- While the scientific data is lacking, many people report Aspirin is an effective acne treatment.
- Aspirin contains acetylsalicylic acid, a similar substance to the common acne-fighting compound salicylic acid.
- Aspirin is a proven anti-inflammatory that can, in theory, reduce the likelihood of acne breakouts.
- Some acne sufferers report topical Aspirin paste can also reduce the visibility of acne scars.
Some people report success using Aspirin for acne as a topical remedy to improve their condition. While there is a significant body of anecdotal evidence to support these claims, to date there has been little scientific study conducted to confirm or dispute their validity.
What Is Aspirin?
Aspirin, or acetylsalicylic acid (ASA), is commonly used as a pain reliever for minor aches and pains and to reduce fever. It contains acetylsalicylic acid, which is related to the popular anti-acne ingredient, salicylic acid.
Does Aspirin Work to Treat Acne?
Aspirin has the most potential as an anti-inflammatory agent to treat inflammatory acne. This includes cysts and nodules. It’s unlikely to work for noninflammatory acne, like blackheads and whiteheads.
There is some evidence indicating that when applied topically, Aspirin might reduce the underlying inflammation that is the partial cause of the condition.
Acne forms when dead skin cells, oil and debris deeply clog pores, resulting in the proliferation of C. acnes
Aspirin’s active ingredient is acetylsalicylic acid, a synthetic derivative of salicylic acid created by a chemical reaction between it and acetic acid.
Some people claim positive results from applying crushed Aspirin to their acne blemishes, the premise being that the acetylsalicylic acid found in Aspirin will function similarly to salicylic acid and reduce pimples.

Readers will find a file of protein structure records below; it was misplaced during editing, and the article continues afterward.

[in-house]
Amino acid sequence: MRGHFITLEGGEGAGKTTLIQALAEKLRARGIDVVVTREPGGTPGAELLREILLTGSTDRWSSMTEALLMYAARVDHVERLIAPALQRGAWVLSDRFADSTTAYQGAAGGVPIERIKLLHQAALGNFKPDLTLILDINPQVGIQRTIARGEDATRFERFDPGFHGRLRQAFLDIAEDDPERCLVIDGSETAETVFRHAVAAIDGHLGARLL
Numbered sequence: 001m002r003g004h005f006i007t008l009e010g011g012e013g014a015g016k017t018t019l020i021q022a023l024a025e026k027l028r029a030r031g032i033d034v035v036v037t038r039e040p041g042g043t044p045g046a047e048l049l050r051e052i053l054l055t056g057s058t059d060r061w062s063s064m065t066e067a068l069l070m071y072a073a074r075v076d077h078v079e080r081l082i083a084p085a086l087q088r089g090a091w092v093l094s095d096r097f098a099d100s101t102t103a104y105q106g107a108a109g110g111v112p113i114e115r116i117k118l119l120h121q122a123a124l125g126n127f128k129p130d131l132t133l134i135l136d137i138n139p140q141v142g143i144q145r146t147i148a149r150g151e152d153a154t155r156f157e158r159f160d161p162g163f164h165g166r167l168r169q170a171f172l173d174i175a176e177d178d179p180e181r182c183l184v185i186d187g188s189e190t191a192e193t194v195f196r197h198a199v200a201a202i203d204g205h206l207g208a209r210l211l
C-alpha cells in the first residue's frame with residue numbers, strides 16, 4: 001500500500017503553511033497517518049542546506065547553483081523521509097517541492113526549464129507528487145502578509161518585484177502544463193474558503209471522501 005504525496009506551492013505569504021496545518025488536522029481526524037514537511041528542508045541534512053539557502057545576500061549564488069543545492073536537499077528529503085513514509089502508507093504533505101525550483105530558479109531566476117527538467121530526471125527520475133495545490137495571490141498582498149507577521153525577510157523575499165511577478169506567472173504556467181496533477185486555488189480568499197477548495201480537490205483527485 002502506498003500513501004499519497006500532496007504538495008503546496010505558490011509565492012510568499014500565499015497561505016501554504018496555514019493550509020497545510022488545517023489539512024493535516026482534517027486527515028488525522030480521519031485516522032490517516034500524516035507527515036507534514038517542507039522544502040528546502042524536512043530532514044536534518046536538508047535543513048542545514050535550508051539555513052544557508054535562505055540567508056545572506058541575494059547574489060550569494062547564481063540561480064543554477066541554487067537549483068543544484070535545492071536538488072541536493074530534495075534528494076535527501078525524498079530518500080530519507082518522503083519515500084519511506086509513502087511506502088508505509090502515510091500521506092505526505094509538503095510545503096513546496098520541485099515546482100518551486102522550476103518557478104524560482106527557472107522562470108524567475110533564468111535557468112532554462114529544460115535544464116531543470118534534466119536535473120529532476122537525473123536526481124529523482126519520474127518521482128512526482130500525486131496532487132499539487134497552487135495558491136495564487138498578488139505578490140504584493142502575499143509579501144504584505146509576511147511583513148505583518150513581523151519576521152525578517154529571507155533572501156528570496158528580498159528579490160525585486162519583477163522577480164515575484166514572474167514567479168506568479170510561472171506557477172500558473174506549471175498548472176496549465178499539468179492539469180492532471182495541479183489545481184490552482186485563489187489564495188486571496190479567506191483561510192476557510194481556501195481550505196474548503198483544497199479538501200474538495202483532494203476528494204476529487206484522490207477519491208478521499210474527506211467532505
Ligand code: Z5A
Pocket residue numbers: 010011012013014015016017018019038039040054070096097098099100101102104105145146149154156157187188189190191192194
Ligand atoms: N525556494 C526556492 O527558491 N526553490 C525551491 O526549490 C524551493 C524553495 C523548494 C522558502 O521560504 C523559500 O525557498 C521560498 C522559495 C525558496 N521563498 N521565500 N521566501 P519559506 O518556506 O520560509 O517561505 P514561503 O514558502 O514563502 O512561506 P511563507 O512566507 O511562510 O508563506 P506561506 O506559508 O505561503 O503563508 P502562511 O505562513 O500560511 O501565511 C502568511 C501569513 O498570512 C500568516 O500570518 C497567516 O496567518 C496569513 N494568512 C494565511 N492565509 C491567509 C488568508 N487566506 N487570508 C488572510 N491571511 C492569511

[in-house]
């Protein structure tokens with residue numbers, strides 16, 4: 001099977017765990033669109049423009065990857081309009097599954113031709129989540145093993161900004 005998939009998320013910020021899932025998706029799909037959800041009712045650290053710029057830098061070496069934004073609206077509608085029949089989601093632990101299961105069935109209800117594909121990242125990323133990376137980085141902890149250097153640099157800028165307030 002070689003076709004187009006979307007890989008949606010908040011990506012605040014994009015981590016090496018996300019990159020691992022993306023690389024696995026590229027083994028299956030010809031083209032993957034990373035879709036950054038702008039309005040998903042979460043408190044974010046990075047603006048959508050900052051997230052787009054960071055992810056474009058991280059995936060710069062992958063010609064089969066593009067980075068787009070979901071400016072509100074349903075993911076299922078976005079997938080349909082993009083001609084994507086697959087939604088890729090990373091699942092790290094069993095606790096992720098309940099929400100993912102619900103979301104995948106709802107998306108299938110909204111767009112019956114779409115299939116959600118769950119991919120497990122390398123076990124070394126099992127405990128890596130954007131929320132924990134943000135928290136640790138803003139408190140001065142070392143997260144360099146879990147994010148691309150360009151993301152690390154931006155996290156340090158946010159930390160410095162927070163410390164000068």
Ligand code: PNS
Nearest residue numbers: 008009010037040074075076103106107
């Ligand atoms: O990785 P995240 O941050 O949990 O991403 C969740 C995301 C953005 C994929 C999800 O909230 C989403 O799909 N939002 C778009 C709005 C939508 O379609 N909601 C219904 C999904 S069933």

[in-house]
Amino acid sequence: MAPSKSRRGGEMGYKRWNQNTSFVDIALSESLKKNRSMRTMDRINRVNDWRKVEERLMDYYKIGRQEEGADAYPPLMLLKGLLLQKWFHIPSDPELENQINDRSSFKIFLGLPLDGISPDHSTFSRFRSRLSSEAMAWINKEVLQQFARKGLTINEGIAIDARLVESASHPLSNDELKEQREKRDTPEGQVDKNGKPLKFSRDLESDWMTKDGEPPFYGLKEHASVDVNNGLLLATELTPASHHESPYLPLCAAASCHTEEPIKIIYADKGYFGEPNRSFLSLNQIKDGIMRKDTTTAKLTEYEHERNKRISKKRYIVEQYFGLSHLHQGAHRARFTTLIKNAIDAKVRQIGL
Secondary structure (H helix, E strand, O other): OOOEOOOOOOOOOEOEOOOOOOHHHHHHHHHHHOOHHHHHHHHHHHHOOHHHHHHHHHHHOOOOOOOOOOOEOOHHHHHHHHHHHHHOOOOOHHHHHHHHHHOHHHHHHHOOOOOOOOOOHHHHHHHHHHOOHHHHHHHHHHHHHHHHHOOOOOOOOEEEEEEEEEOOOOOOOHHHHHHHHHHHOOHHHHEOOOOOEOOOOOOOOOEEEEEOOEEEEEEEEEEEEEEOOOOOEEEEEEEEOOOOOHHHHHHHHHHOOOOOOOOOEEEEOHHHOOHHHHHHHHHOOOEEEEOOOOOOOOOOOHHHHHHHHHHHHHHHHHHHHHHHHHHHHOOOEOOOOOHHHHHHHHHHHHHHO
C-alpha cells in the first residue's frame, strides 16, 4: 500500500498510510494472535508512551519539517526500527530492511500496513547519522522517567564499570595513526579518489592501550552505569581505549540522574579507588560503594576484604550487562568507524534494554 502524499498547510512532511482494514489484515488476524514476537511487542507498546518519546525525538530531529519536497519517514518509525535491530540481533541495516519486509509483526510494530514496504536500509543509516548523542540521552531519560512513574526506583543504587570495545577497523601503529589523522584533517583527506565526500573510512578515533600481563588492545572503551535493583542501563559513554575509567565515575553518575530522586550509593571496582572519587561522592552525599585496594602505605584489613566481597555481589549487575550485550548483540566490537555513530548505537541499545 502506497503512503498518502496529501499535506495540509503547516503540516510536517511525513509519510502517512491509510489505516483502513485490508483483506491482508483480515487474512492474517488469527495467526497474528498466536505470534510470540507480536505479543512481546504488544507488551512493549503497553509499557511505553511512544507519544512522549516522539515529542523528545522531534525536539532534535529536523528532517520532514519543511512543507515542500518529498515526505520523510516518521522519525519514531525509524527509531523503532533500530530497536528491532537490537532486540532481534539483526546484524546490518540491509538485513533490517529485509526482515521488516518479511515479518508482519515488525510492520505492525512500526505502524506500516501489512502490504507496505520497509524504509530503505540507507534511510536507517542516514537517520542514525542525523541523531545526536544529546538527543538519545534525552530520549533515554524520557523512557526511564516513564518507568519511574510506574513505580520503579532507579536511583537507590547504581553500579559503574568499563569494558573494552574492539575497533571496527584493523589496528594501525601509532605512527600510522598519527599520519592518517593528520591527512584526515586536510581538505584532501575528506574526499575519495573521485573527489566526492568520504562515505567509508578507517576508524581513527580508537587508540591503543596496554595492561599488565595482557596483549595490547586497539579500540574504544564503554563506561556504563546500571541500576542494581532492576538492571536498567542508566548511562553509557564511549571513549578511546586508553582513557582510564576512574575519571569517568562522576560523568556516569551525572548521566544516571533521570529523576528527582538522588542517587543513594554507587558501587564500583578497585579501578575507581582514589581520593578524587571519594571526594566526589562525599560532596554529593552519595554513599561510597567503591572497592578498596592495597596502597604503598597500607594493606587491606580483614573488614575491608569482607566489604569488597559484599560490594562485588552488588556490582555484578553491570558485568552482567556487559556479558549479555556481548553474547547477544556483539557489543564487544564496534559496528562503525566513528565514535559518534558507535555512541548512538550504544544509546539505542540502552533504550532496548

Theoretically, Aspirin should help dry out the inflammation and by extension help clear the infection and reduce the blemish. Clnical studies have shown that Aspirin applied topically is effective at reducing skin inflammation related to numerous conditions, but there is no reliable data concerning its efficacy with acne specifically.
Aspirin for acne scars
While there are no clinical studies showing that Aspirin lightens acne scars, many people claim to have used it successfully for this purpose. It’s believed that the exfoliating properties of Aspirin, by scrubbing away dead cells on the skin’s surface, results in lightening acne scars and noticeably brighter skin.
How to Use Aspirin for Acne
To use Aspirin as a topical remedy to clear inflammatory acne, follow these instructions.
- Use powdered Aspirin or crush two or three tablets into a fine powder. .
- Combine with one tablespoon of warm water to create a paste.
- Wash your face
- Apply the Aspirin paste directly on to your pimple. Or if you prefer to use it as a mask, lightly apply over your entire face.
- Leave the paste on the treatment area for approximately 10 – 15 minutes
- Rinse with warm water
- Follow up by spreading moisturizer on to the treatment area.
This process can be repeated as a spot treatment twice daily until the acne clears up. If used as a face mask, it can be safely applied three to four times a week.
Using aspirin for acne overnight
You can also apply Aspirin paste as an overnight spot treatment. The procedure is the same as when applying the substance for shorter lengths of time.
Aspirin Side Effects
Overuse of Aspirin as a topical acne remedy can lead to skin dryness, which can exacerbate irritation and lead to further breakouts.
Using Aspirin topically can also increase the skin’s sensitivity to the sun’s ultraviolet rays. Apply a broad-spectrum sunscreen that protects against both UVA and UVB rays when going outdoors to decrease your risk of sunburn and long-term sun damage.
As a precaution, avoid using any form of aspirin during pregnancy and breastfeeding, unless it is approved by your doctor.
Do not use Aspirin topically if you are allergic to it or any other nonsteroidal anti-inflammatory pills (NSAIDs), such as ibuprofen.